- On Thursday, October 12, the White House issued an Executive Order directing the Departments of Labor, Health and Human Services (HHS), and Treasury to “consider proposing regulations or revising guidance” to facilitate the availability high-quality affordable health insurance options for Americans.
- An executive order is a presidential policy directive that can be used to implement or interpret a federal statute, and can instruct Federal Agencies to issue new rules or amend existing regulations to carry out legislative policies and programs.
- The Executive Order directs the Department of Labor (DOL) to consider proposing regulations or revising guidance to expand access to health coverage by reinterpreting the definition of “employer” under the Employee Retirement Income Security Act of 1974 (ERISA) to allow more employers to form Association Health Plans (AHPs).
- ERISA is a federal law governing the conduct of employee benefit plans, including employer-sponsored group health plans, which sets minimum standards and protections for plan participants.
- Self-employed individuals and independent contractors are not considered employees. A health plan covering only those individuals would not be covered by ERISA.
- Expanding AHPs would help small businesses band together to purchase health insurance coverage in the large group health insurance market, similar to large employers. Expanding access to AHPs in this manner would allow more small businesses to avoid some Affordable Care Act (ACA) regulations and potentially bring down the cost of coverage.
- The AHP proposal in the Executive Order is directed at employer provided health insurance coverage offered by employers that fall under the ERISA statute.
- Neither the Order nor the supplemental documents provided with the Order mention or direct the agencies to examine coverage options for self-employed individuals or independent contractors.
- In order for the AHP proposal to apply to coverage for self-employed individuals and independent contractors, DOL would first need to propose and implement new formal regulations.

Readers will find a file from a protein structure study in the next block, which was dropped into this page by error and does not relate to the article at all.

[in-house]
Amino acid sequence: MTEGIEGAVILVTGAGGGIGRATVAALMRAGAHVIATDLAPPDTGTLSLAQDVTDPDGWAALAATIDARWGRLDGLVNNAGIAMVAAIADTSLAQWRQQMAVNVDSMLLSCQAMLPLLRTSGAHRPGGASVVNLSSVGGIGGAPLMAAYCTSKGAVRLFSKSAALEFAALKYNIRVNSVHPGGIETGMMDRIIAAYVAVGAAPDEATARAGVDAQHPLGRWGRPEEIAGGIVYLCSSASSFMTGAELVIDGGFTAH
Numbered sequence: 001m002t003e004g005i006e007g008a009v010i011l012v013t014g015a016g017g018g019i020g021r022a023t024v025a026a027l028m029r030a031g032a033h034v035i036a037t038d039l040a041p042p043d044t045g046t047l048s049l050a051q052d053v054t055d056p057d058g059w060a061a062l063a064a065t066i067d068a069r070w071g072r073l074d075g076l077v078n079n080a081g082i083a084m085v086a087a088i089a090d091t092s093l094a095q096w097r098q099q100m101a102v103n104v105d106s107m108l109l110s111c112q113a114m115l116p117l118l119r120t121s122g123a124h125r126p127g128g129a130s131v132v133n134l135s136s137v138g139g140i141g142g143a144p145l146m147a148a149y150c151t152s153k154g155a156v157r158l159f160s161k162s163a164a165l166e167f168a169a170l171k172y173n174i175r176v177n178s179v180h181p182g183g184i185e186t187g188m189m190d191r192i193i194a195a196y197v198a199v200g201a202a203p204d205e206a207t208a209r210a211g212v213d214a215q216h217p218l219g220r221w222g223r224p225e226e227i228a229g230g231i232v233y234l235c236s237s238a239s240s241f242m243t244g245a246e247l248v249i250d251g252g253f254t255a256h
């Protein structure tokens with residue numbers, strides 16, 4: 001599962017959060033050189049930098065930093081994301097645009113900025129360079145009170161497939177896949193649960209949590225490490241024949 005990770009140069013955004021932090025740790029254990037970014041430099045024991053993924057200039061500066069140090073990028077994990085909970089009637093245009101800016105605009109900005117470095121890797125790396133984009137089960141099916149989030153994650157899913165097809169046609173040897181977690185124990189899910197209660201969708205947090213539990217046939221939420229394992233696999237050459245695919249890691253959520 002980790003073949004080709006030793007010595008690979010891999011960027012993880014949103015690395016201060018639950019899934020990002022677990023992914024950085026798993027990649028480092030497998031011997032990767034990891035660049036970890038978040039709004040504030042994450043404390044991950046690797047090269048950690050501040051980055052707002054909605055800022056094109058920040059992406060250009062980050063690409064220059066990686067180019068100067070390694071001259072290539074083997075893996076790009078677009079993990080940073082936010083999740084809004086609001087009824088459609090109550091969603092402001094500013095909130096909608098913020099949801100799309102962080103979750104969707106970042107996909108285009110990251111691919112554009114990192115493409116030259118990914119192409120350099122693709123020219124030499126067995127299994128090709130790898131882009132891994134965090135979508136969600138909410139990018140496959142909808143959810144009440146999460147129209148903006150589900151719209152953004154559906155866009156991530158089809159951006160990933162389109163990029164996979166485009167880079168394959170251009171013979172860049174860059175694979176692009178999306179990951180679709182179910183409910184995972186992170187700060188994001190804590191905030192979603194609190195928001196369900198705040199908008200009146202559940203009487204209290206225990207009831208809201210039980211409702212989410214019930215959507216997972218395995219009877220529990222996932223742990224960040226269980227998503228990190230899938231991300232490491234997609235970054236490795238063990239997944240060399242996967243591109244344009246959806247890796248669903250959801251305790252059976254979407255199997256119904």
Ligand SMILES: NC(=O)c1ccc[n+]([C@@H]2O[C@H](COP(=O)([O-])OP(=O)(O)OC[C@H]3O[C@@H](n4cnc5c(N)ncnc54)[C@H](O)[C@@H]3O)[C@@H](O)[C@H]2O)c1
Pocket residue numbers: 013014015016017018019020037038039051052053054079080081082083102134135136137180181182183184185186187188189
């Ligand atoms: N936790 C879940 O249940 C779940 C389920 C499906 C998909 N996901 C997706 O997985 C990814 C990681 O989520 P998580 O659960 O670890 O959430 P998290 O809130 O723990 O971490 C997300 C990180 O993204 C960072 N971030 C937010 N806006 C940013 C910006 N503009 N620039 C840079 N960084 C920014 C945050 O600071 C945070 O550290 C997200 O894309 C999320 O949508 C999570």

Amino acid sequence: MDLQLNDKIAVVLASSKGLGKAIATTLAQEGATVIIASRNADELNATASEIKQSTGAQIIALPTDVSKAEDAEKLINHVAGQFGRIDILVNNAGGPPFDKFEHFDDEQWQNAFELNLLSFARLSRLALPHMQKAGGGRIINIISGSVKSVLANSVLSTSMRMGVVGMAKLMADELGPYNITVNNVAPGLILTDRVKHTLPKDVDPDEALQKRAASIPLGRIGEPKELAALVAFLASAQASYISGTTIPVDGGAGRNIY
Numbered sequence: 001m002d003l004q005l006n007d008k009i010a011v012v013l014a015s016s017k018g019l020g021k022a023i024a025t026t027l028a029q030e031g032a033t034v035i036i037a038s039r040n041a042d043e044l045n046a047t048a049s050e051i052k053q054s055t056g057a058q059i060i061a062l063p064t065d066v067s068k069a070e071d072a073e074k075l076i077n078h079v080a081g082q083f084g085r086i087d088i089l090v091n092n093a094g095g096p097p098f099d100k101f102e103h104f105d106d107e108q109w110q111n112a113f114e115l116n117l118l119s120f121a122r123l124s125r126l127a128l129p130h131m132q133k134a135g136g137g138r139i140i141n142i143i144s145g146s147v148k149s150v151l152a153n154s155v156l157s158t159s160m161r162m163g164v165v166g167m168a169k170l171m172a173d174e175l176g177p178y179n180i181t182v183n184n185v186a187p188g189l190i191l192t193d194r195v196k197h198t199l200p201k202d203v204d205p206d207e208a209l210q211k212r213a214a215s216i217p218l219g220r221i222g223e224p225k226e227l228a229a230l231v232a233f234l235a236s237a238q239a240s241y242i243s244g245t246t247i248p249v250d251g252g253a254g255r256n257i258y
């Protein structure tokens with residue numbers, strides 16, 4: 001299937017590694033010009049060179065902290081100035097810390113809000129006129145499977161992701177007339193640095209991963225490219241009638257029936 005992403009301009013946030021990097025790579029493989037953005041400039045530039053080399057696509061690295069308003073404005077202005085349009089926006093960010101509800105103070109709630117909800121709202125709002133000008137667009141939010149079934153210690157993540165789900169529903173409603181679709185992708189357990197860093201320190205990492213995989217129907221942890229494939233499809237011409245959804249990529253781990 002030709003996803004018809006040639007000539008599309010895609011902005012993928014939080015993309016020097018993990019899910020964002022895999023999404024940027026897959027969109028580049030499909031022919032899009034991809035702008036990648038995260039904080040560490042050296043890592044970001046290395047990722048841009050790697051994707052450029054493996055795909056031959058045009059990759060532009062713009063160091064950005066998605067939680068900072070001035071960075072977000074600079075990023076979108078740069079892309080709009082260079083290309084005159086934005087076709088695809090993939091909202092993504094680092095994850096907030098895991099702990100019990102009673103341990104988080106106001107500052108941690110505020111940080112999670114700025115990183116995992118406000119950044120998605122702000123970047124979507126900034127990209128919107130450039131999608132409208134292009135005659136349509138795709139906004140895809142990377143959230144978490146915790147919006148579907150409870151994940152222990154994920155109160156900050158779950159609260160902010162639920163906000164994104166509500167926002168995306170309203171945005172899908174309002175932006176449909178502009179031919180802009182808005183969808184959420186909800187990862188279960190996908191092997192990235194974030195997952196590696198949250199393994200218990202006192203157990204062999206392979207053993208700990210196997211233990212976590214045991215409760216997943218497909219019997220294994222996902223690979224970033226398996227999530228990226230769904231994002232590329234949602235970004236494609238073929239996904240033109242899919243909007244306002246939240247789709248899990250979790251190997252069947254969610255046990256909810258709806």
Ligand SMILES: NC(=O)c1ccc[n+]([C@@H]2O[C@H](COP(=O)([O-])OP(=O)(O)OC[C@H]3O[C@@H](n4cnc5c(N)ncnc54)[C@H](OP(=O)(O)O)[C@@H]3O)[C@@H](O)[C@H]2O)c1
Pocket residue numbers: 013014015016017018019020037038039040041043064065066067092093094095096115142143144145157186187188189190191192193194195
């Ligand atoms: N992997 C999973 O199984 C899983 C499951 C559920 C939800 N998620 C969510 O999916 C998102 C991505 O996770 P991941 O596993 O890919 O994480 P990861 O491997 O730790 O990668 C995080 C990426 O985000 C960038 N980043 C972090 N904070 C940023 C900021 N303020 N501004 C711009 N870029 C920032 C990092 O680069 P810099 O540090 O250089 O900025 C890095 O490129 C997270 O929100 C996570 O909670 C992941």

- Many experts question the legality of including self-employed individuals and independent contractors in any AHP rulemaking, and expect any effort to do so to be challenged in the courts.
- The Executive Order also directs Treasury, DOL, and HHS to (1) consider expanding the length of short-term limited duration insurance policies (STLDI) for individuals (a component of the Order that would apply to independent contractors) and (2) consider changes to the rules governing Health Reimbursement Accounts (HRAs) offered by employers to fund employee health care expenses.
- The Executive Order is not a change in law or regulations. Rather the Executive Order is a policy directive instructing DOL, HHS, and Treasury to “consider proposing regulations or revising guidance” to facilitate these health care reforms.
- The rulemaking process to enact such changes will take months, and likely will face legal challenges, which could delay implementation.
- Should regulations enacting the Executive Order’s proposals be issued expeditiously and survive legal challenges, the earliest such changes would take effect would be mid-year next year and would unlikely affect the 2018 federal exchange health care marketplace.
- NAR has long supported legislation enabling the creation of AHPs, as well as other similar efforts to expand health insurance options for REALTORS®.
- NAR will continue to work with the Administration and Congress on regulatory and legislative changes needed to ensure AHPs are a workable option for REALTORS®.
- NAR will also continue to assess the impact of the Executive Order on the broader health care marketplace and how the proposals could benefit the REALTOR® population.
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Video: Association Health Plans Executive Order: Impact on REALTORS®
Does the executive order President Trump signed in mid-October to expand association health plans affect real estate professionals? NAR Government Affairs looks at what the order does and doesn't do.